In The Name of the Best Within Us
By nature, I am very competitive. If you put me in an arena with the fastest men in the world, I would try to beat them. Not only that, I would be fuming if any of them attempted to give me an advantage, or even slowed down a tiny bit just to give me an edge. I fight when there is no way of winning, hope that everyone else comes in way behind me, and worst of all, I’m hugely disappointed if things don’t go my way.
Since London is currently in the lull between the Olympic and Paralympic Games, I’ve been thinking a lot recently about the people who didn’t win medals, the folks who were excited just to have made it to the games. My mind keeps going back to one athlete in particular, Tahmina Kohistanti, the sprinter from Afghanistan who is the first female athlete the country has ever sent to the games. She is amazing in every sense of the word, fighting not only to gain speed but respect from her fellow countrymen.
I forget so often that society progresses because of small things, and the movements which change the world do not happen overnight. An old text says “Who will despise the day of small things?” Or, to put it another way, “Rome wasn’t built in a day.”
We are dependent on small things to change the world, but small can never be confused with effortless. Kohistanti’s presence in these games are such that it will cause little girls to take a lap around their school, when nobody is looking, just to see how fast they can go. In familial debates with other Olympic hopefuls, a father can never again say to his daughter “no Afghan woman has ever gone to the Olympics.” There are young women at home who will hear about the Muslim woman runner, and will inevitably wonder what strength can be found within themselves. These are small actions, even just interior thoughts really, which begin to break down walls chip by chip.
It is easy to get onboard with a movement when the crowds take to the streets with banners held high and chants pouring forth. But at that point the hard work has essentially been done. The crowd and the media, with everyone whipped up and raring to debate means that change is already well underway. Rather, it is when we struggle to break boundaries on our own, going in to work every morning when either no one is looking or people are actively trying to discourage us, that the battles are waged and upheaval begins.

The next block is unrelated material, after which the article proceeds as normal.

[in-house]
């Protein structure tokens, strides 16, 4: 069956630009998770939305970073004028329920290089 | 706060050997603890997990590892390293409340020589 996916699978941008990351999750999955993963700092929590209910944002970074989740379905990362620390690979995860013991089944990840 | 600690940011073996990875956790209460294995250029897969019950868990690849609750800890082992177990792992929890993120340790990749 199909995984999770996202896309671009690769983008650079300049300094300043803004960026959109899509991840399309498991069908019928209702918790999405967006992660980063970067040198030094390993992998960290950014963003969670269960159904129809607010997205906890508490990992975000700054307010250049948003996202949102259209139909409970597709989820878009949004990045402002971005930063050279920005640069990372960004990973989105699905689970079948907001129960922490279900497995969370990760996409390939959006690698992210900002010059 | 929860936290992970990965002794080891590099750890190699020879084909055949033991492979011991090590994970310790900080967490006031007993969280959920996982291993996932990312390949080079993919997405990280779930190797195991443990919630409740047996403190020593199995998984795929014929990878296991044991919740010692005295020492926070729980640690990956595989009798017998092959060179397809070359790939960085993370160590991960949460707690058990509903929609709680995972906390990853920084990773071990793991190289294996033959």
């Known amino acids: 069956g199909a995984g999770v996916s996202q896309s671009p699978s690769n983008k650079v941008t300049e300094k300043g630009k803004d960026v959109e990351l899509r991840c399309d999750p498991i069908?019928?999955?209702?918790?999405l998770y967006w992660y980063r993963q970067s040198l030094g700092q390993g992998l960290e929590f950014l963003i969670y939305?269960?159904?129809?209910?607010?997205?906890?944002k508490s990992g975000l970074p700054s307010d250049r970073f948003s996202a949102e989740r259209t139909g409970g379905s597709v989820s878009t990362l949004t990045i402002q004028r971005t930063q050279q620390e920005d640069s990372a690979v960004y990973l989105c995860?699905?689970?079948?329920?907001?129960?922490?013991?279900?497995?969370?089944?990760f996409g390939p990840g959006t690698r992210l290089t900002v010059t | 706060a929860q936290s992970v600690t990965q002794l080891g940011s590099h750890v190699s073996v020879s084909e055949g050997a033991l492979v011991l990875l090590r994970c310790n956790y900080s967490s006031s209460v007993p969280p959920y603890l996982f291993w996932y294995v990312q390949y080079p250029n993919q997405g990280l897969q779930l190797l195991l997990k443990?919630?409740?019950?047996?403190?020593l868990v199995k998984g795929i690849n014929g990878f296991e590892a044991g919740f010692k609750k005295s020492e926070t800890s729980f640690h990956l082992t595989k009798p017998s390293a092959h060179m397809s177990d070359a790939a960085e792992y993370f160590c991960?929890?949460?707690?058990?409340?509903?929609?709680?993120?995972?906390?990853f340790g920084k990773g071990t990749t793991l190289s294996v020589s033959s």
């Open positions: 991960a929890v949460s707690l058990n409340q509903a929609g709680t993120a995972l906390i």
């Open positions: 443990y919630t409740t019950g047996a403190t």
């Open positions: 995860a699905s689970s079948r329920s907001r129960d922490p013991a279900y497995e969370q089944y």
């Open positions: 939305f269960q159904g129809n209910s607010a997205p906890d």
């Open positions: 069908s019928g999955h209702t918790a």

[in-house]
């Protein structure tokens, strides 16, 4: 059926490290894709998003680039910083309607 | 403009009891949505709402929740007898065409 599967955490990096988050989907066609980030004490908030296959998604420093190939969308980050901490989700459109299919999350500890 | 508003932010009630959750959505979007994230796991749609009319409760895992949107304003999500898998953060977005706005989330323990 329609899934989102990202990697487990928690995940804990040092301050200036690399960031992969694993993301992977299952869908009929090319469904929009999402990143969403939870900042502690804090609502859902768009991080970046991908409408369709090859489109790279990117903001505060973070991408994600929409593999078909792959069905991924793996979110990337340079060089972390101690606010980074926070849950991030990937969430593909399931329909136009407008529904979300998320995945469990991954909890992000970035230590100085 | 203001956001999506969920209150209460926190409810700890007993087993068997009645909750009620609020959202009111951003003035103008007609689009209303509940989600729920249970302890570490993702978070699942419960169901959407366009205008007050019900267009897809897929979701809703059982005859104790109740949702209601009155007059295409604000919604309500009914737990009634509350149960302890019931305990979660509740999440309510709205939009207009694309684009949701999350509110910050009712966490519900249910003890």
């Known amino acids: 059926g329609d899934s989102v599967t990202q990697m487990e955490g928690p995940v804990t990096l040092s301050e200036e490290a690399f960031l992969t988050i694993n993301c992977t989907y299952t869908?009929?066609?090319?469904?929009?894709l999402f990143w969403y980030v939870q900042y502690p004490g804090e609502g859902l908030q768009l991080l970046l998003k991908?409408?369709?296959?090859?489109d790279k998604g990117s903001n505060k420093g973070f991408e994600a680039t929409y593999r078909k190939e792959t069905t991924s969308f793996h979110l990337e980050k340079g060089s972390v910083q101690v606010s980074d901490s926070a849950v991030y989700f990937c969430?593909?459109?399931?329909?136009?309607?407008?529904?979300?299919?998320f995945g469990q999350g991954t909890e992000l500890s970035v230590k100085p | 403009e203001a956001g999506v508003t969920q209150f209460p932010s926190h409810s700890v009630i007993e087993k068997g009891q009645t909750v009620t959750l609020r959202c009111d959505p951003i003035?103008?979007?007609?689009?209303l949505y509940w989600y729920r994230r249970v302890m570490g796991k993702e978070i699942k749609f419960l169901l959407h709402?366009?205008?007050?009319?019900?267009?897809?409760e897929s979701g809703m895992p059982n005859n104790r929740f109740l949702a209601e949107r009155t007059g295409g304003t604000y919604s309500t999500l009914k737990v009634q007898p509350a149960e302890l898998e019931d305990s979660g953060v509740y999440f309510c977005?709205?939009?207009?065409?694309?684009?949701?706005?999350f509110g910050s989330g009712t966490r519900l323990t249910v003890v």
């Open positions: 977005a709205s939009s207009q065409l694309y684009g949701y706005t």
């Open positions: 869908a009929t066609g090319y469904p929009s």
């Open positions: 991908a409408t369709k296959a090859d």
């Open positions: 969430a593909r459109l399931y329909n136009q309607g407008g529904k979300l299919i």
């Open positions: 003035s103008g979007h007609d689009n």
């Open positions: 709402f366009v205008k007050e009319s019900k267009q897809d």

In this way, I think about the difference between the Olympic and Paralympic athletes which are now getting ready to come into our city. Although we have so much anticipation and hope for the upcoming Paralympic Games, they will most likely always be an afterthought to the media blitz of the Olympics. Here is a perfect example of what I am speaking about. The athletes with the greatest disadvantages, be it a situation as extreme as Kohistani, or the man who just five years ago was fighting to breathe on his own after a spinal cord injury, are the ones that have managed to pull out the very best within themselves, even when no one else was looking. In a world where fame is everything, its very easy to forget that the greatest victors and most inspirational people, are the ones we’ve never even heard of.
It wasn’t until I was much older that I realised that the most important thing about my practice had to be primarily that I was committed to making great work, regardless of how many people read my blog. I suppose much of this concept still is very foreign even to myself, but it is true. There are far too many variables to success, and no matter what I do, in reality I have very little control over any of them. What we do have control over, is how often we strive for our very best, what standards we are willing to take on, and how we push ourselves, even when no one else is looking.